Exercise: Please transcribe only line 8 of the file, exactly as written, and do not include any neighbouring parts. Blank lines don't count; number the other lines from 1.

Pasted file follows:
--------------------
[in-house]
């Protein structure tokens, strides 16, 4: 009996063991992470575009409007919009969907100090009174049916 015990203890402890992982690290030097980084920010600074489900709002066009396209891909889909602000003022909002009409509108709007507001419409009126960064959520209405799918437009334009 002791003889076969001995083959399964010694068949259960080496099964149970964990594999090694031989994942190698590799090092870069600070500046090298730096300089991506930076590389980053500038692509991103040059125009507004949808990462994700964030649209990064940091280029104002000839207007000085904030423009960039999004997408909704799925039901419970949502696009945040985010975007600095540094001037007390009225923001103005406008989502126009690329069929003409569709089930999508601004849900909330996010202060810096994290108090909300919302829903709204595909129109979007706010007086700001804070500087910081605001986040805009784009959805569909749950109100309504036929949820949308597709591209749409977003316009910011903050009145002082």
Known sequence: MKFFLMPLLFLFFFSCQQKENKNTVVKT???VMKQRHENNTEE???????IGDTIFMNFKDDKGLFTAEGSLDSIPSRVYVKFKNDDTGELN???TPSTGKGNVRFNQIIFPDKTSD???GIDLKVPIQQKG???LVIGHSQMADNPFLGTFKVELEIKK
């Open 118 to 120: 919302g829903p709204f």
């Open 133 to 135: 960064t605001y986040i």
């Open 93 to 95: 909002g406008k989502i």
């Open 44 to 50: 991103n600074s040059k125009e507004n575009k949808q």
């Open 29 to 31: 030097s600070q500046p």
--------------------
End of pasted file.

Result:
């Open 29 to 31: 030097s600070q500046p």